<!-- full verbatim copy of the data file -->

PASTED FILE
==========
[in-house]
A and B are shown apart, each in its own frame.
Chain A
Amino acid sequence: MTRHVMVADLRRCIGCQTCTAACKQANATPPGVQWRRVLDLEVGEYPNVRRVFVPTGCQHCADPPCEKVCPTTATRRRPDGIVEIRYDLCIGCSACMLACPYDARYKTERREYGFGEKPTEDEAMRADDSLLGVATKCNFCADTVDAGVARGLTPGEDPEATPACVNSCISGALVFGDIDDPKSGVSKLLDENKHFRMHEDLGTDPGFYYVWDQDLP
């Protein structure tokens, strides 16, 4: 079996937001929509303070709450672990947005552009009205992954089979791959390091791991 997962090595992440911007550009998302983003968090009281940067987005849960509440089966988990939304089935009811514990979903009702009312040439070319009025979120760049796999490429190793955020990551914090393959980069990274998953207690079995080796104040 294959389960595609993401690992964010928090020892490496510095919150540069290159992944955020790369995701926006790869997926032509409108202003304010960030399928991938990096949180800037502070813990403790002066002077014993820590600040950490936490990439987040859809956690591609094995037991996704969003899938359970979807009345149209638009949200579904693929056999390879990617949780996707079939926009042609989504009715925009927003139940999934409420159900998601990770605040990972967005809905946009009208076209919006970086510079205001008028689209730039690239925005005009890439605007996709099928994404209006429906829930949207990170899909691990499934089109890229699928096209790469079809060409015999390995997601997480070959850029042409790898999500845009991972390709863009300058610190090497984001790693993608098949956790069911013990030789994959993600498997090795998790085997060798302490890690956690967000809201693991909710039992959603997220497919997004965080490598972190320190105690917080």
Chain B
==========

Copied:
[in-house]
A and B are shown apart, each in its own frame.
Chain A
Amino acid sequence: MTRHVMVADLRRCIGCQTCTAACKQANATPPGVQWRRVLDLEVGEYPNVRRVFVPTGCQHCADPPCEKVCPTTATRRRPDGIVEIRYDLCIGCSACMLACPYDARYKTERREYGFGEKPTEDEAMRADDSLLGVATKCNFCADTVDAGVARGLTPGEDPEATPACVNSCISGALVFGDIDDPKSGVSKLLDENKHFRMHEDLGTDPGFYYVWDQDLP
């Protein structure tokens, strides 16, 4: 079996937001929509303070709450672990947005552009009205992954089979791959390091791991 997962090595992440911007550009998302983003968090009281940067987005849960509440089966988990939304089935009811514990979903009702009312040439070319009025979120760049796999490429190793955020990551914090393959980069990274998953207690079995080796104040 294959389960595609993401690992964010928090020892490496510095919150540069290159992944955020790369995701926006790869997926032509409108202003304010960030399928991938990096949180800037502070813990403790002066002077014993820590600040950490936490990439987040859809956690591609094995037991996704969003899938359970979807009345149209638009949200579904693929056999390879990617949780996707079939926009042609989504009715925009927003139940999934409420159900998601990770605040990972967005809905946009009208076209919006970086510079205001008028689209730039690239925005005009890439605007996709099928994404209006429906829930949207990170899909691990499934089109890229699928096209790469079809060409015999390995997601997480070959850029042409790898999500845009991972390709863009300058610190090497984001790693993608098949956790069911013990030789994959993600498997090795998790085997060798302490890690956690967000809201693991909710039992959603997220497919997004965080490598972190320190105690917080």
Chain B